Although I’m known as a Bardinator, I confess I’m a bit of a poser in actuality.
I truly know a handful of his plays, primarily the ones I teach, the usual: Romeo and Juliet, Midsummer Night’s Dream, Julius Caesar, Othello, Taming of the Shrew, Hamlet. I do have a working knowledge of other plays: King Lear, Macbeth, Much Ado About Nothing , The Tempest, Merchant of Venice,Twelfth Night. And I have a nodding acquaintance with the Henrys and Richards. I tend to shudder and ignore the more violent plays where body parts and pies and such are a featured plot focus.
As for William’s sonnets–let’s just say while I’m not adverse to his verse, I prefer to revel in his plays.
So, my goal is to become more than a dabbler and get cracking at becoming better in my Bard. This will involve some serious study since Shakespeare is not for sissies. He provides stout meat and drink once at the table of literature feasting. I will *sigh* set aside some (not all) of my leisurely summer reading forays and bite off, rather than nibble, sizable portions of Shakespeare works.
Here is a beginning goal list:
- Select at least five-ten sonnets, mainly the ones we refer to in our current curriculum, and really study them beyond the quick note referring I usually do. Study what other critics have come up with in their analysis.
- Move beyond my comfort zone and learn at least one play of William’s that I’m not familiar with. I’m still squeamish about reading about revenge pie, so perhaps I will look into a comedy not well known to me–maybe The Merry Wives of Windsor or As You Like It.
My basic Bard facts are decent: birth, death, family life, supposition of lost years. I even have Renaissance and Elizabethan knowledge down pretty well as it relates to Shakespeare. I could start committing more to memory and really dazzle the crowds.
Why take on Shakespeare this summer? I could just lounge and read for fun and drift and not work so hard. Didn’t I just get out of school?
One reason to push myself in this endeavor is that Shakespeare is so fascinating. I knew relatively nothing about him until I began teaching his works. For the past fifteen years I’ve learned so much more about the Bard and it makes me realize I have so much more to go. But, I’m in no real hurry.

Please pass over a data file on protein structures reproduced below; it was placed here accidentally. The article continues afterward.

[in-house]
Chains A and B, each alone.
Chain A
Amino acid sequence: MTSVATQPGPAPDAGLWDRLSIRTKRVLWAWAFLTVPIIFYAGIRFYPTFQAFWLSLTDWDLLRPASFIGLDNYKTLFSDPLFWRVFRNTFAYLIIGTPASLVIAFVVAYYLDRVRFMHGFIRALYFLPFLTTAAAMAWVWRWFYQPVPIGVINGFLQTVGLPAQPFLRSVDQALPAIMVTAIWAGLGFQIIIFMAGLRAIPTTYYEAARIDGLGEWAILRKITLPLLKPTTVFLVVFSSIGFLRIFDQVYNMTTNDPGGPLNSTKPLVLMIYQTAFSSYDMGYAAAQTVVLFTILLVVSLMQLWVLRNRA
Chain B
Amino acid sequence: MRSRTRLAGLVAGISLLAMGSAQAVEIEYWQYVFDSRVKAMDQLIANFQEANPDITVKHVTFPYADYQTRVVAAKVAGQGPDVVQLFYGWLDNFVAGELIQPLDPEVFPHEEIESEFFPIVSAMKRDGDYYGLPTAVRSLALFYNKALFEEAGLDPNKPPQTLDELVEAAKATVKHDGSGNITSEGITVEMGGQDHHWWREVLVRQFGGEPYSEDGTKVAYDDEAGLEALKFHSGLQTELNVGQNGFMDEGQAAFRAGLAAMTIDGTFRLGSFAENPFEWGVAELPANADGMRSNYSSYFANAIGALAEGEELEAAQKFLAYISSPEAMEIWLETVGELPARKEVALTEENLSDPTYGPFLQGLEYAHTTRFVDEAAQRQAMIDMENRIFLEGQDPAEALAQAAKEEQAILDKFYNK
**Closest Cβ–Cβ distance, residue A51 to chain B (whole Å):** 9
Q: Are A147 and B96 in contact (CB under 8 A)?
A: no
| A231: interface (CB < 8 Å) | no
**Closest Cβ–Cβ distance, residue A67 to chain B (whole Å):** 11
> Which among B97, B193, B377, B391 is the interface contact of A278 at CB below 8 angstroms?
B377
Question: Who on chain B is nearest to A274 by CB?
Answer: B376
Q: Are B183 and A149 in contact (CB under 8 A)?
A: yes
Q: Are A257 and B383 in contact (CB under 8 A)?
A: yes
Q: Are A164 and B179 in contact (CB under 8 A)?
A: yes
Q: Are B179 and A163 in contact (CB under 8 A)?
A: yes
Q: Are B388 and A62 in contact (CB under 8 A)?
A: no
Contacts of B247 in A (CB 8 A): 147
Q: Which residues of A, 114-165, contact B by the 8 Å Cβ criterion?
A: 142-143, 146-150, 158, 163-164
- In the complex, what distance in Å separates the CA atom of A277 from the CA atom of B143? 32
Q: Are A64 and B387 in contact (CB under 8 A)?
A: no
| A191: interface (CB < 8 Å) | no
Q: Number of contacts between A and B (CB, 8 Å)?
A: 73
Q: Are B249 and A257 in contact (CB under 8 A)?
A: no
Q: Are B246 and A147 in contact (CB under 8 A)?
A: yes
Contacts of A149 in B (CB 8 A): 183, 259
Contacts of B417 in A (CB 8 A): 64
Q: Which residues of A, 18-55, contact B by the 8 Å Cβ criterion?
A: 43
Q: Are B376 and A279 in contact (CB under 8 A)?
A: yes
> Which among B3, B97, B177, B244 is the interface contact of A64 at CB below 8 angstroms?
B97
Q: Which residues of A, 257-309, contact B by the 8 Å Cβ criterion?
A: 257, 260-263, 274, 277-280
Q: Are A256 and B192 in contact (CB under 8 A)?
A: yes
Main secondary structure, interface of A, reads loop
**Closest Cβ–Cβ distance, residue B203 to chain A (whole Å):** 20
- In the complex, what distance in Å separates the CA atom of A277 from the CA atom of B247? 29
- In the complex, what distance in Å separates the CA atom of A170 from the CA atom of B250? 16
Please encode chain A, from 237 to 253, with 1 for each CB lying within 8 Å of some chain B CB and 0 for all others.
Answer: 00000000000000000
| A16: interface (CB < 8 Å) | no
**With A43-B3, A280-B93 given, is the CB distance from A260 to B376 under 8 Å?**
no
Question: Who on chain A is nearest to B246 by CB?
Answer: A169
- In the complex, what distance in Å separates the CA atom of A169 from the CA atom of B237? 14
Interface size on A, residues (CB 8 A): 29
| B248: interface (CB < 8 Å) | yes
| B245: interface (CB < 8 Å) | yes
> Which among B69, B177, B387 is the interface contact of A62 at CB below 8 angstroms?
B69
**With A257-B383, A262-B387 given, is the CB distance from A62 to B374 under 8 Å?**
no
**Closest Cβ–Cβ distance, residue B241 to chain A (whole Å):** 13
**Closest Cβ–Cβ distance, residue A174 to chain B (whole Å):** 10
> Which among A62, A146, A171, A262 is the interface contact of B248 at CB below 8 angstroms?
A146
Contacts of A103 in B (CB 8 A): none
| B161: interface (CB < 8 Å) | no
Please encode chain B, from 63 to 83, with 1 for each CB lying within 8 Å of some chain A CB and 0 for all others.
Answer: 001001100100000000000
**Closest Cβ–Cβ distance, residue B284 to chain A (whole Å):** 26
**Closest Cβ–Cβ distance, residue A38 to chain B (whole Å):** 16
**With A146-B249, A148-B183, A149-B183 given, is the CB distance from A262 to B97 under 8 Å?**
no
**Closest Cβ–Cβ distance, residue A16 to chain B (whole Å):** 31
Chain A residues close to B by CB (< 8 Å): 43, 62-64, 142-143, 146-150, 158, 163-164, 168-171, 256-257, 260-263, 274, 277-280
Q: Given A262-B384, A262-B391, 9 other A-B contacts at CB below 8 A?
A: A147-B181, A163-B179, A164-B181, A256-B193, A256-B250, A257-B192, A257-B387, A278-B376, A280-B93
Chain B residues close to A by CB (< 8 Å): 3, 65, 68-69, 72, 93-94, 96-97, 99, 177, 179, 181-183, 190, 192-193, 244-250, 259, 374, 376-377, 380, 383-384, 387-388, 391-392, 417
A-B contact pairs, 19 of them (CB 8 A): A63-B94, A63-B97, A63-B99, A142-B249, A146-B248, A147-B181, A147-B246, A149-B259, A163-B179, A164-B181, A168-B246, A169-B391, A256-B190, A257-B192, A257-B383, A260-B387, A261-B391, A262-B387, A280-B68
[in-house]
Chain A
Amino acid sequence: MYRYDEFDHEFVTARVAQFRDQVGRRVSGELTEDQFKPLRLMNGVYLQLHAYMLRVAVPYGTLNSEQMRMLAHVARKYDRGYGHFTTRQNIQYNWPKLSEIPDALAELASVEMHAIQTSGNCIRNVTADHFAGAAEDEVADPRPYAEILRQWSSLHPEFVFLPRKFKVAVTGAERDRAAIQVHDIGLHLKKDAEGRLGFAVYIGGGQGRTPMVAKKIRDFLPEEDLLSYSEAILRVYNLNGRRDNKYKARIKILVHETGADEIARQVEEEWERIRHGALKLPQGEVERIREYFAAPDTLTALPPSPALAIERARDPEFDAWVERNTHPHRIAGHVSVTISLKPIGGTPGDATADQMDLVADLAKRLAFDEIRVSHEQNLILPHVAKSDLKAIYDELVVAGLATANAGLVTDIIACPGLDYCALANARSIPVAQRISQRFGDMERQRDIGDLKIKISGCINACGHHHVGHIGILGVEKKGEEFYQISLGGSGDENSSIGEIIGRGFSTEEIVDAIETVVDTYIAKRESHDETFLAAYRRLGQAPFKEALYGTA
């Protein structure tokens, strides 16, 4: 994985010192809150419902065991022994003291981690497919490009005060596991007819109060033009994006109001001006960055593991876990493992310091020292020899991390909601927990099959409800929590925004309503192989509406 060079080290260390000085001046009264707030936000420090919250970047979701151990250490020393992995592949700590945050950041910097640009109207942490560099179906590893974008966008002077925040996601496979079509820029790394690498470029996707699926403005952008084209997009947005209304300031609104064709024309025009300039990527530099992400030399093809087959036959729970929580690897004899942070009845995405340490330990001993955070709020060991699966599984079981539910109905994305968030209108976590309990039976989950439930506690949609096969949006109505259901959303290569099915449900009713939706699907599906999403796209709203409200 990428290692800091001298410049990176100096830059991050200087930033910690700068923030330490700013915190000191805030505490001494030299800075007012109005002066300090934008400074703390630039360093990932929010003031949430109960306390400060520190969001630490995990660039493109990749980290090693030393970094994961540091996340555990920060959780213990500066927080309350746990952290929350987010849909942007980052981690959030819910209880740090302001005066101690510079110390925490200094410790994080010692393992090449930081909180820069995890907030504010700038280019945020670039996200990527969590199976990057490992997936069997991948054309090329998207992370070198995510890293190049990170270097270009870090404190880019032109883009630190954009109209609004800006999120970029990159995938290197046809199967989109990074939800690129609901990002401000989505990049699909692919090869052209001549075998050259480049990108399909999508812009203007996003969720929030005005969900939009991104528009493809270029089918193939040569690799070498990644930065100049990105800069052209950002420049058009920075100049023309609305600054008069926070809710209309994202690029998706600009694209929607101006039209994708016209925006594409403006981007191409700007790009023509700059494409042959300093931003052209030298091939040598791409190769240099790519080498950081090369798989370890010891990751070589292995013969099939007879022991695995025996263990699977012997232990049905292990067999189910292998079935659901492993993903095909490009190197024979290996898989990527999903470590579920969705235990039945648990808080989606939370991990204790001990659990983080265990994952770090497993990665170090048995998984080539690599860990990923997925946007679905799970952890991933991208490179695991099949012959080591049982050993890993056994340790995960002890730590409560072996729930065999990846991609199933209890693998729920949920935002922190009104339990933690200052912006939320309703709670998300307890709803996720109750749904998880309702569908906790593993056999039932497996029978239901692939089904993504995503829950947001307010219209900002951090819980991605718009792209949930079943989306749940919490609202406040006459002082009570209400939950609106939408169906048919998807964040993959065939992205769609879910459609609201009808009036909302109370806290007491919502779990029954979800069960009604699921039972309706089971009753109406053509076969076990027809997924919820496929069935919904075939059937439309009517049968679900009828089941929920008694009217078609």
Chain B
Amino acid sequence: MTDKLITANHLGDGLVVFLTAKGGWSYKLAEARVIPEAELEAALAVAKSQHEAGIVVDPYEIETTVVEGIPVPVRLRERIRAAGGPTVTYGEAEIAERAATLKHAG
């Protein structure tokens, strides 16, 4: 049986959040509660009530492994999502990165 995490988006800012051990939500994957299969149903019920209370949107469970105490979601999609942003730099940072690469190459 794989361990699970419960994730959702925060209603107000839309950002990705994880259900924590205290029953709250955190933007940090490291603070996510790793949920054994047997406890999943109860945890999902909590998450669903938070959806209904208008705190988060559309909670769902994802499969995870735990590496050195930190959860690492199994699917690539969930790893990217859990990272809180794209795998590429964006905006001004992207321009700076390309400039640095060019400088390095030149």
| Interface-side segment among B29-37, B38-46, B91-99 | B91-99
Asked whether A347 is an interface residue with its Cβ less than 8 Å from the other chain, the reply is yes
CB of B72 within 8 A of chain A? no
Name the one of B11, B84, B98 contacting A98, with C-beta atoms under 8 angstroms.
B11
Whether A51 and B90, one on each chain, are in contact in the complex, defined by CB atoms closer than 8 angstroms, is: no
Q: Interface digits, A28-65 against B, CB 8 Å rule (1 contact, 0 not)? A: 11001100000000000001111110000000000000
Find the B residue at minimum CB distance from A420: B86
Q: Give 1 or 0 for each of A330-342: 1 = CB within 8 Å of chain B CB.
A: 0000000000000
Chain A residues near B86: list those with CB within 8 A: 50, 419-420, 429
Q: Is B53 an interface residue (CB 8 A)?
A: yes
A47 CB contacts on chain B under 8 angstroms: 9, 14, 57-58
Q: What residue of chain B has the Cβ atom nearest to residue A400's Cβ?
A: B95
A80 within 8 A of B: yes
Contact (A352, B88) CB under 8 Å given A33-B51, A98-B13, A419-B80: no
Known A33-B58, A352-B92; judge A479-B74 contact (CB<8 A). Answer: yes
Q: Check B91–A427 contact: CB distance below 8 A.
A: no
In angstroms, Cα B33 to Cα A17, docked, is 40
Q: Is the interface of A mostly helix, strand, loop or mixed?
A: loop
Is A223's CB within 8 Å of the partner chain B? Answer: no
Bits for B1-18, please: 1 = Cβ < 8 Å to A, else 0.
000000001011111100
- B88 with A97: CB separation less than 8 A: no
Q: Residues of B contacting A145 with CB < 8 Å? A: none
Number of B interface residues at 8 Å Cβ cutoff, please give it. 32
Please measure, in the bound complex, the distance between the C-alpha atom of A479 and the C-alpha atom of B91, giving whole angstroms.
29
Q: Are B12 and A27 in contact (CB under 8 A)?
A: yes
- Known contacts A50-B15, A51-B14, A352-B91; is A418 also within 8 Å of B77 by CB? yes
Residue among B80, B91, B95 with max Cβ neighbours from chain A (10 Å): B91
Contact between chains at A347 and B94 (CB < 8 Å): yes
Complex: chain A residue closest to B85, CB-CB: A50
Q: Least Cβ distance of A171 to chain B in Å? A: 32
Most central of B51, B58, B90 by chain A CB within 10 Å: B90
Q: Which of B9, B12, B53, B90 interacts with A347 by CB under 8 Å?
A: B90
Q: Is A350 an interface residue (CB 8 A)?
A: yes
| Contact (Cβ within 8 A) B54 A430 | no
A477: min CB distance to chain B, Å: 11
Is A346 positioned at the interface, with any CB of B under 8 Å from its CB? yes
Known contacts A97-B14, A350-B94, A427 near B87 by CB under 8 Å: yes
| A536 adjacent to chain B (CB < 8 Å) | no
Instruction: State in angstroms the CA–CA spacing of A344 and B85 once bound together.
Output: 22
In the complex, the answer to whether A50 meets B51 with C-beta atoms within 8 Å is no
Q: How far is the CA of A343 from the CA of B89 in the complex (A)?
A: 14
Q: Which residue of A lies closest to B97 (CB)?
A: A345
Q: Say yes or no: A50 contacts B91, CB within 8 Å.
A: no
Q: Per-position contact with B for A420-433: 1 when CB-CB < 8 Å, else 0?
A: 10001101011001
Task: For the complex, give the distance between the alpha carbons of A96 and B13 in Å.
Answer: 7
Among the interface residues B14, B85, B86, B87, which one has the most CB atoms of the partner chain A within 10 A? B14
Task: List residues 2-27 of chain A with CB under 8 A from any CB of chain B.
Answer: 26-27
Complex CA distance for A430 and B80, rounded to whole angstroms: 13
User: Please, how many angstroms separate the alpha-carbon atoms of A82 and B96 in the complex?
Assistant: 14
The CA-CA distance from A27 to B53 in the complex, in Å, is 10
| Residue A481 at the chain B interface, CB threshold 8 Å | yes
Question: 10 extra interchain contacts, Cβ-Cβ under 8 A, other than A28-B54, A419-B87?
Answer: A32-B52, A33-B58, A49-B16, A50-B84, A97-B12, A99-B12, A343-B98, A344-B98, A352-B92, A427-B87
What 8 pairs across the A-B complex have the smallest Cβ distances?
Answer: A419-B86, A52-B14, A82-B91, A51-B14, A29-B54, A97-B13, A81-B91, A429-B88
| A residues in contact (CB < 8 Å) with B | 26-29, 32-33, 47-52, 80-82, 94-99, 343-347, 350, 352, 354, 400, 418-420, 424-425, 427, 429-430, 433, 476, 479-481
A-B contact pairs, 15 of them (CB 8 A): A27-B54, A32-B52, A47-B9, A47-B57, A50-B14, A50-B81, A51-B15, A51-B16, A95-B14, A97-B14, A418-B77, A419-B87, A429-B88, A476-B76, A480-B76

Another reason is that if want to really become a Bardintor, not just pretend I know my Bard stuff. Please don’t expect me to spout off reams of memorized quotes and speeches. Memorizing, is unfortunately, a real problem. Short term gaps and all that.
One other reason is that I want to be THAT teacher, the one whose enthusiasm for Shakespeare overflowed into the curriculum and into the hearts and minds of my students. I still treasure that moment when one of my struggling students came up to me after class and said, “I will will studying Hamlet.” He got involved in our study of the melancholy Prince of Denmark, and that’s why I will learn more about Shakespeare.
Anyone out there desire a bit more Bard in your life?
You go girl… ‘Our bodies are our gardens, to the which our wills are gardeners. So that if we will plant nettles or sow lettuce, set hyssop and weed up thyme, supply it with one gender of herbs or distract it with many—either to have it sterile with idleness, or manured with industry—why, the power and corrigible authority of this lies in our wills.’
But you knew that already…
The cool thing about Billy is that you can be all up in the work, and still take a deep dive another direction and have lots ahead of you. I’ve always been a sonnet day, hearkening to my romantic days. Midsummer Night’s Dream also has enough to have carried me through decades of appreciation.
I will start the school year off a sonnet from MND or Romeo and Juliet. The students can relate since they studied these in 8th and 9th.
Good call – Sonnet 55 is my favorite. I still have it memorized, CM!
Memorization is not my strength. I’m impressed when people can cite poems or passages of literature. Oh, to be that teacher…
The Merry Wives of Windsor?! Pfft.
Richard III is all that and a bag of chips. Study that one! That play seems to have the greatest influence on contemporary drama (Breaking Bad, House of Cards, etc.)
But, of course, it is rather murder-y.
Richard truly is Tricky Dicky. He is sooo evil. I’ve watched both Ian McK’s version and Benedict’s. Nasty, rotten is that Richard #3.
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Richard III is all that and a bag of chips. So that if we will plant nettles or sow lettuce, set hyssop and weed up thyme, supply it with one gender of herbs or distract it with many—either to have it sterile with idleness, or manured with industry—why, the power and corrigible authority of this lies in our wills.
I’m not quite sure I understand what you said and how it relates to Richard, but I welcome your input.
Richard III is all that and a traveling bag of chips. The cool thing about Billy is that you can be all up in the study, and still take aim a mysterious nose dive another counseling and receive lots ahead of you.